BURLESON -- A strange scene prompted a lot of calls from concerned motorists Thursday morning: Dead starlings and grackles scattered on and around the Interstate-35W south service road at Alsbury Boulevard.

'The ones we found in the grass did not have any signs of trauma we could see,' said Burleson animal control supervisor Kim Peckler.

Crews collected just over 200 dead birds, and one that died a short time later. Peckler said she's never seen anything like it in her 25 years of working with animal control.

Veterinarian Bob Denton did an initial search for clues.

'The first thing I noticed on this bird is his liver is enlarged,' he said, examining a male grackle.

He said one bird had signs of sinus infection.

'The big thing you would worry about is toxins,' he said. 'Or maybe a virus.'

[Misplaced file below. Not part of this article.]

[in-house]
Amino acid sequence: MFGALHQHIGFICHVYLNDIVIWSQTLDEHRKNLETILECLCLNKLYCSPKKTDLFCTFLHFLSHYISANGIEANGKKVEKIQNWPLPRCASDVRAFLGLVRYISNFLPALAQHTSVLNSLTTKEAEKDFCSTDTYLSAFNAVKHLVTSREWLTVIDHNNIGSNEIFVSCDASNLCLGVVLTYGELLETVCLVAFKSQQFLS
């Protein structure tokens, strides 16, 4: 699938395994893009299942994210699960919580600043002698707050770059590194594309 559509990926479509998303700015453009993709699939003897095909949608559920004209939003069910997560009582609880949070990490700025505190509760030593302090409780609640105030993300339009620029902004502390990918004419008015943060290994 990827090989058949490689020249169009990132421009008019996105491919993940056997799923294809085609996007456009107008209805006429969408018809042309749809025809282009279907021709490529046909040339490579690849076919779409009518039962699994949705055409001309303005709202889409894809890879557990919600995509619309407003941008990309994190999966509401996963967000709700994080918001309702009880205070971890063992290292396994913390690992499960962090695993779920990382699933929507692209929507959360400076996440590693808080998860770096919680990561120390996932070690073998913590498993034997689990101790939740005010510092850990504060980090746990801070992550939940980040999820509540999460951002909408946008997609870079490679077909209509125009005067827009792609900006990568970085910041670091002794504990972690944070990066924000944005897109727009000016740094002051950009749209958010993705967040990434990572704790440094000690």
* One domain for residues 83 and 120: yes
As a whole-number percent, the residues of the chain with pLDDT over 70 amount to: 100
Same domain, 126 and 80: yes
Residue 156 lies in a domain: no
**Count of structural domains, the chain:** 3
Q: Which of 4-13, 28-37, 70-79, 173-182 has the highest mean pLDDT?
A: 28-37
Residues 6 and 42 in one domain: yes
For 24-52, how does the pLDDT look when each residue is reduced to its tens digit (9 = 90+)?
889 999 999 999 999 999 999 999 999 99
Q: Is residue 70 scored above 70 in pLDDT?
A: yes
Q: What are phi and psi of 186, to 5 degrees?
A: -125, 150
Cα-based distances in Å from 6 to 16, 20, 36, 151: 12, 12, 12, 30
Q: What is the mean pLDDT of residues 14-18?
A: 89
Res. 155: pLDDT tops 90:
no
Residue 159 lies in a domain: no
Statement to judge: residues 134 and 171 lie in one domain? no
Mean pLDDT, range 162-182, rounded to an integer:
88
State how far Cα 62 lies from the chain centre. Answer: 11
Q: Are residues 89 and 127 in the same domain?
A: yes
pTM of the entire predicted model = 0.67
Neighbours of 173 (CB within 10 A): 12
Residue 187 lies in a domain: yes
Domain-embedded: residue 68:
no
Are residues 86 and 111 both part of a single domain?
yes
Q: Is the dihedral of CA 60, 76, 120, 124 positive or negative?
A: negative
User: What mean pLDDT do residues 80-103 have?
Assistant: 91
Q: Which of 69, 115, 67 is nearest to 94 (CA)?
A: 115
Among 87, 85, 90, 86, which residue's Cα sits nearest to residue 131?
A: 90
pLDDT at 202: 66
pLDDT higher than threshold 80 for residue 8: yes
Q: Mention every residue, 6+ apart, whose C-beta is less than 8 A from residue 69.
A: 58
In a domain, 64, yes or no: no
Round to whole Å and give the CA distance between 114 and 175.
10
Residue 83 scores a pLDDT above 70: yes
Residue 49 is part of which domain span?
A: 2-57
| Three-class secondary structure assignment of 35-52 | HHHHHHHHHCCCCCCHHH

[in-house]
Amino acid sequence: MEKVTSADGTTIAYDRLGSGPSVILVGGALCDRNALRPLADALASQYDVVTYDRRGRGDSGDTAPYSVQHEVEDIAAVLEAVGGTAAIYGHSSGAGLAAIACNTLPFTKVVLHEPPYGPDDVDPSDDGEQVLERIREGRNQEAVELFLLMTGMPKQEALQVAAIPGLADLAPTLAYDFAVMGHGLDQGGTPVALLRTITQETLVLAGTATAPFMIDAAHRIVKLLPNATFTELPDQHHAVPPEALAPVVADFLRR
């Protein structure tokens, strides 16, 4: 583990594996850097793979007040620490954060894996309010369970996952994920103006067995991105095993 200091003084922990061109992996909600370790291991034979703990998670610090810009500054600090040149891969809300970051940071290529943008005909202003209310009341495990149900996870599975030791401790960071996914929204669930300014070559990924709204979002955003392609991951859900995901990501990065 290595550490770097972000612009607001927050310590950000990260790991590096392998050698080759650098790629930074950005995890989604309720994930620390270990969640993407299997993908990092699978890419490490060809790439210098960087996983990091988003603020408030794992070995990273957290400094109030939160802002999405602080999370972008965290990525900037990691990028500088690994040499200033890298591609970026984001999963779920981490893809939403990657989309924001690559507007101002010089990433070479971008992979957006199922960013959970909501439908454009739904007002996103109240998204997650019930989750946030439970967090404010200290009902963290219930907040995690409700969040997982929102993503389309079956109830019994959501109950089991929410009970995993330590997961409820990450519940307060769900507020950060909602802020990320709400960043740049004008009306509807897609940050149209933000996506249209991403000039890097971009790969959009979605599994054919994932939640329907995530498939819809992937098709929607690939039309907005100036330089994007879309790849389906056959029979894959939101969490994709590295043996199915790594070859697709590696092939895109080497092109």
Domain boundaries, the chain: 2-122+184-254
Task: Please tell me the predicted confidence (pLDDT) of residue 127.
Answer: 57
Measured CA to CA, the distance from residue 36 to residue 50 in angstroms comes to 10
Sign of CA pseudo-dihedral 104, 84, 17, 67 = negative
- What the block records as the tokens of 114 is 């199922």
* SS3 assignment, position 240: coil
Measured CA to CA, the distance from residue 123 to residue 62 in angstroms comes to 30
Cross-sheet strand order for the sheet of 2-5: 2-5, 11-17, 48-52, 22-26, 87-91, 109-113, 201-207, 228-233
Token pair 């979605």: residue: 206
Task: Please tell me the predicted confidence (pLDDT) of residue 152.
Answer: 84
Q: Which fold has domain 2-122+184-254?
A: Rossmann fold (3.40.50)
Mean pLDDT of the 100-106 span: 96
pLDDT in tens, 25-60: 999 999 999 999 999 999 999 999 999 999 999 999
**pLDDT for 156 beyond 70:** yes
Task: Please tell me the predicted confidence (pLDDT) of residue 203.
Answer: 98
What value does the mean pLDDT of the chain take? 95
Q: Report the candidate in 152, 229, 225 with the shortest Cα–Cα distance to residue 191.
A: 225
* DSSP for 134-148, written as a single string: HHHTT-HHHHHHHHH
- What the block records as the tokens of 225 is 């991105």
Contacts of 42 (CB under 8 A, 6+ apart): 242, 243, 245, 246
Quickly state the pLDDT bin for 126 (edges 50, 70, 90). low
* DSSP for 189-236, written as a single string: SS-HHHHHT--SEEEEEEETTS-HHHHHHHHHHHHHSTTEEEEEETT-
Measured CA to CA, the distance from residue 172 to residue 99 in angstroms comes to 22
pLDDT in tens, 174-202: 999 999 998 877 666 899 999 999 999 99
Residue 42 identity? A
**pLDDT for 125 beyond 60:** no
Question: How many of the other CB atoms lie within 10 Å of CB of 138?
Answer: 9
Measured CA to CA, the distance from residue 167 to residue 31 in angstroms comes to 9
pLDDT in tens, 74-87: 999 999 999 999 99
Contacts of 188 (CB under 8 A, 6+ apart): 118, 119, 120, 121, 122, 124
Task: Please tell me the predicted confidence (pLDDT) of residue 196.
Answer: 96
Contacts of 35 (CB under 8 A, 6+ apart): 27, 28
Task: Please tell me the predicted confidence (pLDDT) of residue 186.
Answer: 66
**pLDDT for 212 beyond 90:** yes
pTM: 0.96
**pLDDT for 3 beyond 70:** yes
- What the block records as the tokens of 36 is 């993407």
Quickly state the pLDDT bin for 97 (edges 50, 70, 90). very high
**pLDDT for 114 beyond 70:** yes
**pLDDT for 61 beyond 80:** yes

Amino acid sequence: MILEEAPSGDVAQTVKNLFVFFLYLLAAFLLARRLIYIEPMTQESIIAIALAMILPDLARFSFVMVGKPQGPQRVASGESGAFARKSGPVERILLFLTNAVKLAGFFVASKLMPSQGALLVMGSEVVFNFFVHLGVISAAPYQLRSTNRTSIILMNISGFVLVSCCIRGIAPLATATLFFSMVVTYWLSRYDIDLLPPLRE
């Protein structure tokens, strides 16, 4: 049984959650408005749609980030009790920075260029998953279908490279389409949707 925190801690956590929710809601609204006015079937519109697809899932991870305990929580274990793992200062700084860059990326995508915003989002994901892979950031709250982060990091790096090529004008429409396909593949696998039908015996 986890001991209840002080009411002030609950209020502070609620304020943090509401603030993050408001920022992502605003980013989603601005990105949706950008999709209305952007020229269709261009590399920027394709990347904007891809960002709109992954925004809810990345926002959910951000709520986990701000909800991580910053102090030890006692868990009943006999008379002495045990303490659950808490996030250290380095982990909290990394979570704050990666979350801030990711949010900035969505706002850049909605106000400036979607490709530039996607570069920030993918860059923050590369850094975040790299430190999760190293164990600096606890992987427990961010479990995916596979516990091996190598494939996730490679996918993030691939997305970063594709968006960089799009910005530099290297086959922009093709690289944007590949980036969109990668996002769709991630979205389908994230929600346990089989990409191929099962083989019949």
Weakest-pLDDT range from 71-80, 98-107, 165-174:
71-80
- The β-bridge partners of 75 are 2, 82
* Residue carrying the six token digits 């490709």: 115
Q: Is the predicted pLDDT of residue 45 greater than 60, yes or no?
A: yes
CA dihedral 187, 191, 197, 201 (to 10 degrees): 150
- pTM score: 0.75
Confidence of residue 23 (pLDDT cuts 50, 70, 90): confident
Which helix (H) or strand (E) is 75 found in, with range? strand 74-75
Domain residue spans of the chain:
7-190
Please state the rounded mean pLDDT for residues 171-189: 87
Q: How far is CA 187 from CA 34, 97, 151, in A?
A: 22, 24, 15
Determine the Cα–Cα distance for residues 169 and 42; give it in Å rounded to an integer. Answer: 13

Dr. Denton called the Texas Veterinarian Diagnostic Lab at A&M.

An avian expert told him the bird die-off probably is nothing to worry about.

'He actually said it's very common. You'll see that this time of year,' Denton said.

He was told large groups of birds often die together due to a combination of cold weather swings, disease, and lack of food.

Denton looked closely at the grackle's intestines during an autopsy.

'It doesn't look like he's eaten at all. His GI tract is completely empty,' he said. 'No food in his crop. Completely empty.'

It could take weeks to learn whether the birds died from something other than natural causes.


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